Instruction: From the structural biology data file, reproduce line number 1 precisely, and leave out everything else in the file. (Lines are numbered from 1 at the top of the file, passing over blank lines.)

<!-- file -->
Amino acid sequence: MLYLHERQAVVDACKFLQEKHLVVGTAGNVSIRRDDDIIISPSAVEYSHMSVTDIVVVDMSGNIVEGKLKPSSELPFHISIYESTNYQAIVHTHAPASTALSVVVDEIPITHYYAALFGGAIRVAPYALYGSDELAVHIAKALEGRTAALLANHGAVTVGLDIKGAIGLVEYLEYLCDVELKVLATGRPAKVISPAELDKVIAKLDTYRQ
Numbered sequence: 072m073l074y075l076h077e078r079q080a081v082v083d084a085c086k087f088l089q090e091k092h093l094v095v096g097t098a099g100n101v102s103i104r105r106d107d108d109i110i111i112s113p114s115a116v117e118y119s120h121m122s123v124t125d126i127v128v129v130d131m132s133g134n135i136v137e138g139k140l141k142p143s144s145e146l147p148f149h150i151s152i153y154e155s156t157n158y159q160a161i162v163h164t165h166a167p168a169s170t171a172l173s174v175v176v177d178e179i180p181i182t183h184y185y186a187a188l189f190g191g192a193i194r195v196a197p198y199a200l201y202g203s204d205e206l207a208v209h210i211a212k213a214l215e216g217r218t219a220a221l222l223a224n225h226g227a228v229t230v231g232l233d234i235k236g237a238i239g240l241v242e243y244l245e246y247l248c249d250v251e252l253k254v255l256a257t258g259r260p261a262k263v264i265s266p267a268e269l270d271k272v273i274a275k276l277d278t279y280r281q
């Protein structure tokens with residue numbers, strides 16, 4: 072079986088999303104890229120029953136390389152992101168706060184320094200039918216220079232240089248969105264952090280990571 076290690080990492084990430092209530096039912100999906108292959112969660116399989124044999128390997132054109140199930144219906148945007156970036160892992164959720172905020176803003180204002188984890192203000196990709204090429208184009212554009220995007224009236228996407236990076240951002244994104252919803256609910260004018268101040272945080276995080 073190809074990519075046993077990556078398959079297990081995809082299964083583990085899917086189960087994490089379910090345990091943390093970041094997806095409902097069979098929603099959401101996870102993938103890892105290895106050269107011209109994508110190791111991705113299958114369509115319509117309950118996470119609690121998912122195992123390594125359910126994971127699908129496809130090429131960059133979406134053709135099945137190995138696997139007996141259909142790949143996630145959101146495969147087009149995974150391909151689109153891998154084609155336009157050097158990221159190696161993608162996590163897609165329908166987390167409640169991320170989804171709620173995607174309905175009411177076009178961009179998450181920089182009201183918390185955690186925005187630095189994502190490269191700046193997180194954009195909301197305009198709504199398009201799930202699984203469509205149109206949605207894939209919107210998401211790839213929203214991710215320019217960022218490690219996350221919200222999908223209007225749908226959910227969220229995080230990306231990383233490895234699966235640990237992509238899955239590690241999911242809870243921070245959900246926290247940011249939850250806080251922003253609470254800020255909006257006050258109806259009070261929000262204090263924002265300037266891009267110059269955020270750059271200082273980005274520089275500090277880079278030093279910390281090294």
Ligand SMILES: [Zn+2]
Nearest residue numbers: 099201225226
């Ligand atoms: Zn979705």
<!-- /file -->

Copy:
Amino acid sequence: MLYLHERQAVVDACKFLQEKHLVVGTAGNVSIRRDDDIIISPSAVEYSHMSVTDIVVVDMSGNIVEGKLKPSSELPFHISIYESTNYQAIVHTHAPASTALSVVVDEIPITHYYAALFGGAIRVAPYALYGSDELAVHIAKALEGRTAALLANHGAVTVGLDIKGAIGLVEYLEYLCDVELKVLATGRPAKVISPAELDKVIAKLDTYRQ